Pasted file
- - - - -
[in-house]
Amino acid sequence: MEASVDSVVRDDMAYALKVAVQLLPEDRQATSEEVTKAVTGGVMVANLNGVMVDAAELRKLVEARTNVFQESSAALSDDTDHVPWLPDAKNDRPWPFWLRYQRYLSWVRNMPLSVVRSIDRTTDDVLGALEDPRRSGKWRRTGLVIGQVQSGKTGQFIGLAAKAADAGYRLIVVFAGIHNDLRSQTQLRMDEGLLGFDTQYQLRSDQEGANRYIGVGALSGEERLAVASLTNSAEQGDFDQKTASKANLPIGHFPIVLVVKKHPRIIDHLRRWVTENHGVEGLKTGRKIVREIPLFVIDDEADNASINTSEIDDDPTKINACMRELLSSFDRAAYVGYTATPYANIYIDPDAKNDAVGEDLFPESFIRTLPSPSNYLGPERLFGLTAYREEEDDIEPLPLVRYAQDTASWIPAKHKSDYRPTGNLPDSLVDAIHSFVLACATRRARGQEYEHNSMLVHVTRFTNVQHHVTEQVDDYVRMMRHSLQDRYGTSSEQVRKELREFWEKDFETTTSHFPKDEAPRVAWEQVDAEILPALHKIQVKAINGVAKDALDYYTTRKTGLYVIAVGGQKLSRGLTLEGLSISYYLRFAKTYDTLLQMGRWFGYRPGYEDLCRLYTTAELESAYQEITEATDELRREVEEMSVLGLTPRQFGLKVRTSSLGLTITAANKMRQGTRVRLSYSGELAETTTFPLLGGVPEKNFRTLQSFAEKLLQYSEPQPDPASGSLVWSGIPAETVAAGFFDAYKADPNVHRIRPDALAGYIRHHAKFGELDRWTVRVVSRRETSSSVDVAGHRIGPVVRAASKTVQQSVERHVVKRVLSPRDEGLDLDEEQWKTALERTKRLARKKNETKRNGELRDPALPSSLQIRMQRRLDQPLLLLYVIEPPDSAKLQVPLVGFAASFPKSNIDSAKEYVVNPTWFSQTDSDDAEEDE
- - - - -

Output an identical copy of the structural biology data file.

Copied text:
[in-house]
Amino acid sequence: MEASVDSVVRDDMAYALKVAVQLLPEDRQATSEEVTKAVTGGVMVANLNGVMVDAAELRKLVEARTNVFQESSAALSDDTDHVPWLPDAKNDRPWPFWLRYQRYLSWVRNMPLSVVRSIDRTTDDVLGALEDPRRSGKWRRTGLVIGQVQSGKTGQFIGLAAKAADAGYRLIVVFAGIHNDLRSQTQLRMDEGLLGFDTQYQLRSDQEGANRYIGVGALSGEERLAVASLTNSAEQGDFDQKTASKANLPIGHFPIVLVVKKHPRIIDHLRRWVTENHGVEGLKTGRKIVREIPLFVIDDEADNASINTSEIDDDPTKINACMRELLSSFDRAAYVGYTATPYANIYIDPDAKNDAVGEDLFPESFIRTLPSPSNYLGPERLFGLTAYREEEDDIEPLPLVRYAQDTASWIPAKHKSDYRPTGNLPDSLVDAIHSFVLACATRRARGQEYEHNSMLVHVTRFTNVQHHVTEQVDDYVRMMRHSLQDRYGTSSEQVRKELREFWEKDFETTTSHFPKDEAPRVAWEQVDAEILPALHKIQVKAINGVAKDALDYYTTRKTGLYVIAVGGQKLSRGLTLEGLSISYYLRFAKTYDTLLQMGRWFGYRPGYEDLCRLYTTAELESAYQEITEATDELRREVEEMSVLGLTPRQFGLKVRTSSLGLTITAANKMRQGTRVRLSYSGELAETTTFPLLGGVPEKNFRTLQSFAEKLLQYSEPQPDPASGSLVWSGIPAETVAAGFFDAYKADPNVHRIRPDALAGYIRHHAKFGELDRWTVRVVSRRETSSSVDVAGHRIGPVVRAASKTVQQSVERHVVKRVLSPRDEGLDLDEEQWKTALERTKRLARKKNETKRNGELRDPALPSSLQIRMQRRLDQPLLLLYVIEPPDSAKLQVPLVGFAASFPKSNIDSAKEYVVNPTWFSQTDSDDAEEDE